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Author Kocifaj, M.; Kómar, L. url  doi
openurl 
  Title A role of aerosol particles in forming urban skyglow and skyglow from distant cities Type Journal Article
  Year 2016 Publication Monthly Notices of the Royal Astronomical Society Abbreviated Journal MNRAS  
  Volume 458 Issue 1 Pages 438-448  
  Keywords Skyglow; scattering; atmospheric effects; artificial light; numerical modeling; GIS-based modeling; light pollution  
  Abstract Aerosol particles may represent the largest uncertainty about skyglow change in many locations under clear sky conditions. This is because aerosols are ubiquitous in the atmosphere and influence the ground-reaching radiation in different ways depending on their concentrations, origins, shapes, sizes, and compositions. Large particles tend to scatter in Fraunhofer diffraction regime, while small particles can be treated in terms of Rayleigh formalism. However, the role of particle microphysics in forming the skyglow still remains poorly quantified. We have shown in this paper that the chemistry is somehow important for backscattering from large particles that otherwise work as efficient attenuators of light pollution if composed of absorbing materials. The contribution of large particles to the urban skyglow diminishes as they become more spherical in shape. The intensity of backscattering from non-absorbing particles is more-or-less linearly decreasing function of particle radius even if number size distribution is inversely proportional to the fourth power of particle radius. This is due to single particle backscattering that generally increases steeply as the particle radius approaches large values. Forward scattering depends on the particle shape but is independent of the material composition, thus allowing for a simplistic analytical model of skyglow from distant cities. The model we have developed is based on mean value theorem for integrals and incorporates the parametrizable Garstang's emission pattern, intensity decay along optical beam path, and near-forward scattering in an atmospheric environment. Such model can be used by modellers and experimentalists for rapid estimation of skyglow from distant light sources.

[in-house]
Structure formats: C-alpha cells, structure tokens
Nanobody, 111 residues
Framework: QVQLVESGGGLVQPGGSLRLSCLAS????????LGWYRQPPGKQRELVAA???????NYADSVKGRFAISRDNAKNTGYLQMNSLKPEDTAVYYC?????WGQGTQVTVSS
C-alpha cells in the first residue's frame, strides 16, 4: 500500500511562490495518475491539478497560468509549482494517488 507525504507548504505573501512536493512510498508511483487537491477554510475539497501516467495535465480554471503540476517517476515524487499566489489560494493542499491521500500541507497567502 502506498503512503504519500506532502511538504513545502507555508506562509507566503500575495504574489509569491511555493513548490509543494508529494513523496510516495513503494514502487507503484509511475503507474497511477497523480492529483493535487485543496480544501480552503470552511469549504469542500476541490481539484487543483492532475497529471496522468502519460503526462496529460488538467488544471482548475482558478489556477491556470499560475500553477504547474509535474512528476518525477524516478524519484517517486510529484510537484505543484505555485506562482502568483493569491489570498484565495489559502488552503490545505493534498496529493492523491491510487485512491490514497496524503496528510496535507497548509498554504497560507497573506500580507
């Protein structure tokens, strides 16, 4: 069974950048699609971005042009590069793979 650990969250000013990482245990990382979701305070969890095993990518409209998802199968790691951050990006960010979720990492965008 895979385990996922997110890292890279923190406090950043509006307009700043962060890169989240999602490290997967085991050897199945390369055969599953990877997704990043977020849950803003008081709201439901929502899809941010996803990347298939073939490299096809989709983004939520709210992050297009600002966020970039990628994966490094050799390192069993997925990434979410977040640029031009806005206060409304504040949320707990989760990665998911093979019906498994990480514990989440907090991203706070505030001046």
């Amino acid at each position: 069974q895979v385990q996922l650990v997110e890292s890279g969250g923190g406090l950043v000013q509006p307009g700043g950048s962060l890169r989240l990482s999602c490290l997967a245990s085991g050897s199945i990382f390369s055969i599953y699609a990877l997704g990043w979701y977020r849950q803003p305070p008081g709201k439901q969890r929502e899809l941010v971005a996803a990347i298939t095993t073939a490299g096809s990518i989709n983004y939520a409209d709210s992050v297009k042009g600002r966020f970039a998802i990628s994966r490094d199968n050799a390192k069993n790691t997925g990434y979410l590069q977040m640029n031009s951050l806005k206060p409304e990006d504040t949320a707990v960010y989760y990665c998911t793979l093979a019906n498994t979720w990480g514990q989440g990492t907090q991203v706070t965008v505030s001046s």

Address ICA, Slovak Academy of Sciences, Dúbravská Road 9, 845 03 Bratislava, Slovak Republic; kocifaj(at)savba.sk  
  Corporate Author Thesis  
  Publisher (down) Oxford Journals Place of Publication Editor  
  Language English Summary Language English Original Title  
  Series Editor Series Title Abbreviated Series Title  
  Series Volume Series Issue Edition  
  ISSN ISBN Medium  
  Area Expedition Conference  
  Notes Approved no  
  Call Number IDA @ john @ Serial 1361  
Permanent link to this record
 

 
Author Bará, S. url  doi
openurl 
  Title Characterizing the zenithal night sky brightness in large territories: how many samples per square kilometre are needed? Type Journal Article
  Year 2017 Publication Monthly Notices of the Royal Astronomical Society Abbreviated Journal  
  Volume 473 Issue 3 Pages 4164-4173  
  Keywords Instrumentation; atmospheric effects; light pollution; numerical methods; photometry  
  Abstract A recurring question arises when trying to characterize, by means of measurements or theoretical calculations, the zenithal night sky brightness throughout a large territory: how many samples per square kilometre are needed? The optimum sampling distance should allow reconstructing, with sufficient accuracy, the continuous zenithal brightness map across the whole region, whilst at the same time avoiding unnecessary and redundant oversampling. This paper attempts to provide some tentative answers to this issue, using two complementary tools: the luminance structure function and the Nyquist–Shannon spatial sampling theorem. The analysis of several regions of the world, based on the data from the New world atlas of artificial night sky brightness, suggests that, as a rule of thumb, about one measurement per square kilometre could be sufficient for determining the zenithal night sky brightness of artificial origin at any point in a region to within ±0.1 magV arcsec–2 (in the root-mean-square sense) of its true value in the Johnson–Cousins V band. The exact reconstruction of the zenithal night sky brightness maps from samples taken at the Nyquist rate seems to be considerably more demanding.  
  Address 1Departamento de Física Aplicada, Universidade de Santiago de Compostela, E-15782 Santiago de Compostela, Galicia, Spain; salva.bara(at)usc.es